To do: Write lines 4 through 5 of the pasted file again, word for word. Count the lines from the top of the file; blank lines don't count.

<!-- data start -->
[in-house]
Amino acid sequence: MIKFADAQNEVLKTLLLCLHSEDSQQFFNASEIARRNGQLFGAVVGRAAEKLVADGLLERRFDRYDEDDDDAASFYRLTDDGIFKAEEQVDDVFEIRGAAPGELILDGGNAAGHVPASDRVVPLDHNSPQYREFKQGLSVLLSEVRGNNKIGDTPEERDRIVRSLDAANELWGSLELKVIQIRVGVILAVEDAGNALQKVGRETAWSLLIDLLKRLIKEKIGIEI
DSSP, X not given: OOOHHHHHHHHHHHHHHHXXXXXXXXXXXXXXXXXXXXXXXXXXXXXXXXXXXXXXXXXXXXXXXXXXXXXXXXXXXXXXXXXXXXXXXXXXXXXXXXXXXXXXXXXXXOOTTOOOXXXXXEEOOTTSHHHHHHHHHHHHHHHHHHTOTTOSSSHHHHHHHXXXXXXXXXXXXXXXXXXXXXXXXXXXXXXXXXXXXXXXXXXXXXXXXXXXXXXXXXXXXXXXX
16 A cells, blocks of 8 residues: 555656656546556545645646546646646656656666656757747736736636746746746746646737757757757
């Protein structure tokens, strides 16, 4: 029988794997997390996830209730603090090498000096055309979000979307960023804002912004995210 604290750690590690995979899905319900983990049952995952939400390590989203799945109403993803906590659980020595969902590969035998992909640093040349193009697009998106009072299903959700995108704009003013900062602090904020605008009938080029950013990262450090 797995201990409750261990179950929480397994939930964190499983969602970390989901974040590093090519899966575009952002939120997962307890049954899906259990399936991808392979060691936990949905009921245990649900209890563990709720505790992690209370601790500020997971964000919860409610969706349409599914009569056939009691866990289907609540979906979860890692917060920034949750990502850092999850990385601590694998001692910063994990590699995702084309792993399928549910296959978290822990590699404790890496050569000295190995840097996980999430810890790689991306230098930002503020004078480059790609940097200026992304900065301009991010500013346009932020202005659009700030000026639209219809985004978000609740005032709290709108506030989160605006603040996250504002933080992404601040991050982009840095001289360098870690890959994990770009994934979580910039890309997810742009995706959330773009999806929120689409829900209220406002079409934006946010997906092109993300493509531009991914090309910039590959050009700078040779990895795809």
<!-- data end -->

16 A cells, blocks of 8 residues: 555656656546556545645646546646646656656666656757747736736636746746746746646737757757757
């Protein structure tokens, strides 16, 4: 029988794997997390996830209730603090090498000096055309979000979307960023804002912004995210 604290750690590690995979899905319900983990049952995952939400390590989203799945109403993803906590659980020595969902590969035998992909640093040349193009697009998106009072299903959700995108704009003013900062602090904020605008009938080029950013990262450090 797995201990409750261990179950929480397994939930964190499983969602970390989901974040590093090519899966575009952002939120997962307890049954899906259990399936991808392979060691936990949905009921245990649900209890563990709720505790992690209370601790500020997971964000919860409610969706349409599914009569056939009691866990289907609540979906979860890692917060920034949750990502850092999850990385601590694998001692910063994990590699995702084309792993399928549910296959978290822990590699404790890496050569000295190995840097996980999430810890790689991306230098930002503020004078480059790609940097200026992304900065301009991010500013346009932020202005659009700030000026639209219809985004978000609740005032709290709108506030989160605006603040996250504002933080992404601040991050982009840095001289360098870690890959994990770009994934979580910039890309997810742009995706959330773009999806929120689409829900209220406002079409934006946010997906092109993300493509531009991914090309910039590959050009700078040779990895795809």